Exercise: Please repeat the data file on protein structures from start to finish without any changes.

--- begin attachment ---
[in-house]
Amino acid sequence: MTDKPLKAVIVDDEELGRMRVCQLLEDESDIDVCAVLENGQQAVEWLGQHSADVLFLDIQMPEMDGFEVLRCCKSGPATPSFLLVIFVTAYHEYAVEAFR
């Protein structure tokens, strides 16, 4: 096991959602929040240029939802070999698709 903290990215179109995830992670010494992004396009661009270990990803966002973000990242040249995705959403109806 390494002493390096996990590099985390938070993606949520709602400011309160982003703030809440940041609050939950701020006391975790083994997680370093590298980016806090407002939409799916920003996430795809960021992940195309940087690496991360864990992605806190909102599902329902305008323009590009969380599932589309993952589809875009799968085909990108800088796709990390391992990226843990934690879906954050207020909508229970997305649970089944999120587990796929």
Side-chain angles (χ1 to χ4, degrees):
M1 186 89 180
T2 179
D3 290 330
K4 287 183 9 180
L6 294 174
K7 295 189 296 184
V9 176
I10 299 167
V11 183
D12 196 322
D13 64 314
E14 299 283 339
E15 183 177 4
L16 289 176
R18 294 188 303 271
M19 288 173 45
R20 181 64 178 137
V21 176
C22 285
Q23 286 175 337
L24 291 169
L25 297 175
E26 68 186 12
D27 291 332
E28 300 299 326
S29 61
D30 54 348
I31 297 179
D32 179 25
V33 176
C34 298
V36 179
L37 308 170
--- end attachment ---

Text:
[in-house]
Amino acid sequence: MTDKPLKAVIVDDEELGRMRVCQLLEDESDIDVCAVLENGQQAVEWLGQHSADVLFLDIQMPEMDGFEVLRCCKSGPATPSFLLVIFVTAYHEYAVEAFR
């Protein structure tokens, strides 16, 4: 096991959602929040240029939802070999698709 903290990215179109995830992670010494992004396009661009270990990803966002973000990242040249995705959403109806 390494002493390096996990590099985390938070993606949520709602400011309160982003703030809440940041609050939950701020006391975790083994997680370093590298980016806090407002939409799916920003996430795809960021992940195309940087690496991360864990992605806190909102599902329902305008323009590009969380599932589309993952589809875009799968085909990108800088796709990390391992990226843990934690879906954050207020909508229970997305649970089944999120587990796929």
Side-chain angles (χ1 to χ4, degrees):
M1 186 89 180
T2 179
D3 290 330
K4 287 183 9 180
L6 294 174
K7 295 189 296 184
V9 176
I10 299 167
V11 183
D12 196 322
D13 64 314
E14 299 283 339
E15 183 177 4
L16 289 176
R18 294 188 303 271
M19 288 173 45
R20 181 64 178 137
V21 176
C22 285
Q23 286 175 337
L24 291 169
L25 297 175
E26 68 186 12
D27 291 332
E28 300 299 326
S29 61
D30 54 348
I31 297 179
D32 179 25
V33 176
C34 298
V36 179
L37 308 170